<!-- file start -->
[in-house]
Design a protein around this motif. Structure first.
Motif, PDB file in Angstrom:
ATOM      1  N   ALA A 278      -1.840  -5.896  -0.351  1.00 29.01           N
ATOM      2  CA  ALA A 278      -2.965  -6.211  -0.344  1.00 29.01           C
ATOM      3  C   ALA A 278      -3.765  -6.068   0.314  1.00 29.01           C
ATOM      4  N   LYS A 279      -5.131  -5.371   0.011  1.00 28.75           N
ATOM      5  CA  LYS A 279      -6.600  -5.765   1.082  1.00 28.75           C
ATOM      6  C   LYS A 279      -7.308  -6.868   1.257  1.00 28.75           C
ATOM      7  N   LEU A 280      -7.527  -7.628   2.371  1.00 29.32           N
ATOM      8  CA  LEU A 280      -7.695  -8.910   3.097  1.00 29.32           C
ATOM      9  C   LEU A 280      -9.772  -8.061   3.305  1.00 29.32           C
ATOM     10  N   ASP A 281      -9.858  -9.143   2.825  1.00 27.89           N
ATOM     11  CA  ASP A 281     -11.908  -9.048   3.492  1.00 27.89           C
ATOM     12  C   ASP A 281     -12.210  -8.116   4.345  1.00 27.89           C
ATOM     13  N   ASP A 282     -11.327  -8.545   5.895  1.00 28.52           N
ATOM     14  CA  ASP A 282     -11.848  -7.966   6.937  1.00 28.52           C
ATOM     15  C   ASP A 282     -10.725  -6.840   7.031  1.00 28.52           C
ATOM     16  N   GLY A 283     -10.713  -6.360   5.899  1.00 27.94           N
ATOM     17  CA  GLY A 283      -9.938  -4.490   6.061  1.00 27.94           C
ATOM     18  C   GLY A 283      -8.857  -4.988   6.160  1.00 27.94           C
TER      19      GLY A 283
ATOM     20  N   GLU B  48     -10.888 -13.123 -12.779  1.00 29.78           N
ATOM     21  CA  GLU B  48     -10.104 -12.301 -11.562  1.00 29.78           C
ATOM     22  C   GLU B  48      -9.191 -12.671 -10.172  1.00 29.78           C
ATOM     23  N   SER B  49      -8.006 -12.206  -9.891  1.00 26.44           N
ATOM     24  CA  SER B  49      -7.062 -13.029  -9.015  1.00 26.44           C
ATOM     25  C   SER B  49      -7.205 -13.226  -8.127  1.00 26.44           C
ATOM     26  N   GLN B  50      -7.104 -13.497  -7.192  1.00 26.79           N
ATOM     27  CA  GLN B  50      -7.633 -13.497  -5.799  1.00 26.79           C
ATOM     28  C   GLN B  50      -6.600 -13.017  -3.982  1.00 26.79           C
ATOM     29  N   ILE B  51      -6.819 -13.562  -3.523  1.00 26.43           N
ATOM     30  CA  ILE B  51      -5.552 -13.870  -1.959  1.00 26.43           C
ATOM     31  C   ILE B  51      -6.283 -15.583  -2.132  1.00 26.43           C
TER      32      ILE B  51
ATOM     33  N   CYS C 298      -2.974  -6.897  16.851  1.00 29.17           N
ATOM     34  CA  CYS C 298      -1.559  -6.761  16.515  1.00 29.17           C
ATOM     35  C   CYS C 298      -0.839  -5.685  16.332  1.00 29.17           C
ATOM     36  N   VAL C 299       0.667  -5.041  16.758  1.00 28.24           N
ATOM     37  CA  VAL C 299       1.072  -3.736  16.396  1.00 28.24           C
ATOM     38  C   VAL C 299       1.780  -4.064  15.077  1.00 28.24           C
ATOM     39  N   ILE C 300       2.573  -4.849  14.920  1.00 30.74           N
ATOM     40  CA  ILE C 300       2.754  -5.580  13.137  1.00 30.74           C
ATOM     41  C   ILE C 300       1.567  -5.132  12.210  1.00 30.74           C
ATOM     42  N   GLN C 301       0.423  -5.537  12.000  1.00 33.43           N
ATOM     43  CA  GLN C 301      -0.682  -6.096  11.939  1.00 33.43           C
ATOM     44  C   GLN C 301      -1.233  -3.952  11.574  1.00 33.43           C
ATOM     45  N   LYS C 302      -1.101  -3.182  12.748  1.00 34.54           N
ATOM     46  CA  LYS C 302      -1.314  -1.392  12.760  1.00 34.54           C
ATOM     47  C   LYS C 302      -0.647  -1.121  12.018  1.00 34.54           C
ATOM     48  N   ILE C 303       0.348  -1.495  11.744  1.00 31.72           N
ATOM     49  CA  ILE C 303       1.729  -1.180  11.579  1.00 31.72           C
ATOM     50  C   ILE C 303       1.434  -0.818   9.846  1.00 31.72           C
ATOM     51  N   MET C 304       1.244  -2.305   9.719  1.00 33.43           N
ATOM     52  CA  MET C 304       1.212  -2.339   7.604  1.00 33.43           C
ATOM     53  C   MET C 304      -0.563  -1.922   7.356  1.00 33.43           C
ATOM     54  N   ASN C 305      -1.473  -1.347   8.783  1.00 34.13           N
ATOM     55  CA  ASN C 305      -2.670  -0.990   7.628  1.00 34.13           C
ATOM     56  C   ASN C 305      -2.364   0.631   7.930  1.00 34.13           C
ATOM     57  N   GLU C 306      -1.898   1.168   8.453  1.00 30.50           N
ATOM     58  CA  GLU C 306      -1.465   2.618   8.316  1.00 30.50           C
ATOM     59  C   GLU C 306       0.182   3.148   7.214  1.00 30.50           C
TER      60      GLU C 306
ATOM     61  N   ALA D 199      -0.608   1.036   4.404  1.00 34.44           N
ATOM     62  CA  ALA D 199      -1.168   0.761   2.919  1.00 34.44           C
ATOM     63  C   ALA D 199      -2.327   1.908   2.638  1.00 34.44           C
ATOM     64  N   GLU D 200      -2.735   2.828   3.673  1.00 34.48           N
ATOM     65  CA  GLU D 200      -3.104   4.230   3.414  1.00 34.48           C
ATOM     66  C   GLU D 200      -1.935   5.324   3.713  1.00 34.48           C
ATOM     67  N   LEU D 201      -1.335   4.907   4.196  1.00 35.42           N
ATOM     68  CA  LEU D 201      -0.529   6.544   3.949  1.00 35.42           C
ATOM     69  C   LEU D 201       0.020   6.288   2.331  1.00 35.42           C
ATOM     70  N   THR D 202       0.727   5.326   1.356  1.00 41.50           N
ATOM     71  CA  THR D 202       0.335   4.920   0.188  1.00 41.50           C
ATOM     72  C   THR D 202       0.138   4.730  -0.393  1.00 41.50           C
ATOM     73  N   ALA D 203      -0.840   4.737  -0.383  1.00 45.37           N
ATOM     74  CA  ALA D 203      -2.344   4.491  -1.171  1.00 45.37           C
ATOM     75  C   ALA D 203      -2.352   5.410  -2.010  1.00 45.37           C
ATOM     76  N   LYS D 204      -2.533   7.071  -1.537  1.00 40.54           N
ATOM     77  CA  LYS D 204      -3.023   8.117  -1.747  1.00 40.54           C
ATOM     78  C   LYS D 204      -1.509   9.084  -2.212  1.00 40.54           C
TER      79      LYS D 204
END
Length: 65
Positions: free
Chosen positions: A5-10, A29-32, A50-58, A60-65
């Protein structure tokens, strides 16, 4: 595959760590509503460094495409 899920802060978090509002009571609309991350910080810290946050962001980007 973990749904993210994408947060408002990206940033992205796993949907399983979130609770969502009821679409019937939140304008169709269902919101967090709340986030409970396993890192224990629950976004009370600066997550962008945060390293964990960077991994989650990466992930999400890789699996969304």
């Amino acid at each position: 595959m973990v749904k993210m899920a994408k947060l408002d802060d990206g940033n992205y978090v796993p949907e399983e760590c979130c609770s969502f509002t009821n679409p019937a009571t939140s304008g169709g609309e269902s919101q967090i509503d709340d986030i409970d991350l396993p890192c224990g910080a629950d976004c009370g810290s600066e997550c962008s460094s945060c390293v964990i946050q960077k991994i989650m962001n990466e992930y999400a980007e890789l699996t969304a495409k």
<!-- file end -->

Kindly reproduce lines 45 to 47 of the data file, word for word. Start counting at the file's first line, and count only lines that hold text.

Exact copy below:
ATOM     42  N   GLN C 301       0.423  -5.537  12.000  1.00 33.43           N
ATOM     43  CA  GLN C 301      -0.682  -6.096  11.939  1.00 33.43           C
ATOM     44  C   GLN C 301      -1.233  -3.952  11.574  1.00 33.43           C